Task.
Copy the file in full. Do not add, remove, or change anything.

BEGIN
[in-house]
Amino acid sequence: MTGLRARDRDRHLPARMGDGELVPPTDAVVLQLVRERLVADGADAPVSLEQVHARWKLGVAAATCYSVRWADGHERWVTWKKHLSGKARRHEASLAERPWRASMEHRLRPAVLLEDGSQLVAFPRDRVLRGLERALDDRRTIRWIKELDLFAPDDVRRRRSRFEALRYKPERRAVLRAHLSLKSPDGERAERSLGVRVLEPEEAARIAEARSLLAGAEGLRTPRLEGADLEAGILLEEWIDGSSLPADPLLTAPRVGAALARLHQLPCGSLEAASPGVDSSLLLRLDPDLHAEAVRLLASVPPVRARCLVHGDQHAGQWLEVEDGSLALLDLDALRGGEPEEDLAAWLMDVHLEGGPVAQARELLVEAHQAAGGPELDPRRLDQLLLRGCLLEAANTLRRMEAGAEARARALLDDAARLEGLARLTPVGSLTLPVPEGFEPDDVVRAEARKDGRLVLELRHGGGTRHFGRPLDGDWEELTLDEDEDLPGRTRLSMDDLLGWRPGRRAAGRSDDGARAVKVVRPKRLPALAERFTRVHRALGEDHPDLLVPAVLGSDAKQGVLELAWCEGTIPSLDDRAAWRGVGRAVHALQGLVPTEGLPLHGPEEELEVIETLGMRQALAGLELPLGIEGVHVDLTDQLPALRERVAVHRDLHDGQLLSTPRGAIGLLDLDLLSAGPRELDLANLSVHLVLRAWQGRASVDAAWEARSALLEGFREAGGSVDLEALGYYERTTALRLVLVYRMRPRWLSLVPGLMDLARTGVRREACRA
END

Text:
[in-house]
Amino acid sequence: MTGLRARDRDRHLPARMGDGELVPPTDAVVLQLVRERLVADGADAPVSLEQVHARWKLGVAAATCYSVRWADGHERWVTWKKHLSGKARRHEASLAERPWRASMEHRLRPAVLLEDGSQLVAFPRDRVLRGLERALDDRRTIRWIKELDLFAPDDVRRRRSRFEALRYKPERRAVLRAHLSLKSPDGERAERSLGVRVLEPEEAARIAEARSLLAGAEGLRTPRLEGADLEAGILLEEWIDGSSLPADPLLTAPRVGAALARLHQLPCGSLEAASPGVDSSLLLRLDPDLHAEAVRLLASVPPVRARCLVHGDQHAGQWLEVEDGSLALLDLDALRGGEPEEDLAAWLMDVHLEGGPVAQARELLVEAHQAAGGPELDPRRLDQLLLRGCLLEAANTLRRMEAGAEARARALLDDAARLEGLARLTPVGSLTLPVPEGFEPDDVVRAEARKDGRLVLELRHGGGTRHFGRPLDGDWEELTLDEDEDLPGRTRLSMDDLLGWRPGRRAAGRSDDGARAVKVVRPKRLPALAERFTRVHRALGEDHPDLLVPAVLGSDAKQGVLELAWCEGTIPSLDDRAAWRGVGRAVHALQGLVPTEGLPLHGPEEELEVIETLGMRQALAGLELPLGIEGVHVDLTDQLPALRERVAVHRDLHDGQLLSTPRGAIGLLDLDLLSAGPRELDLANLSVHLVLRAWQGRASVDAAWEARSALLEGFREAGGSVDLEALGYYERTTALRLVLVYRMRPRWLSLVPGLMDLARTGVRREACRA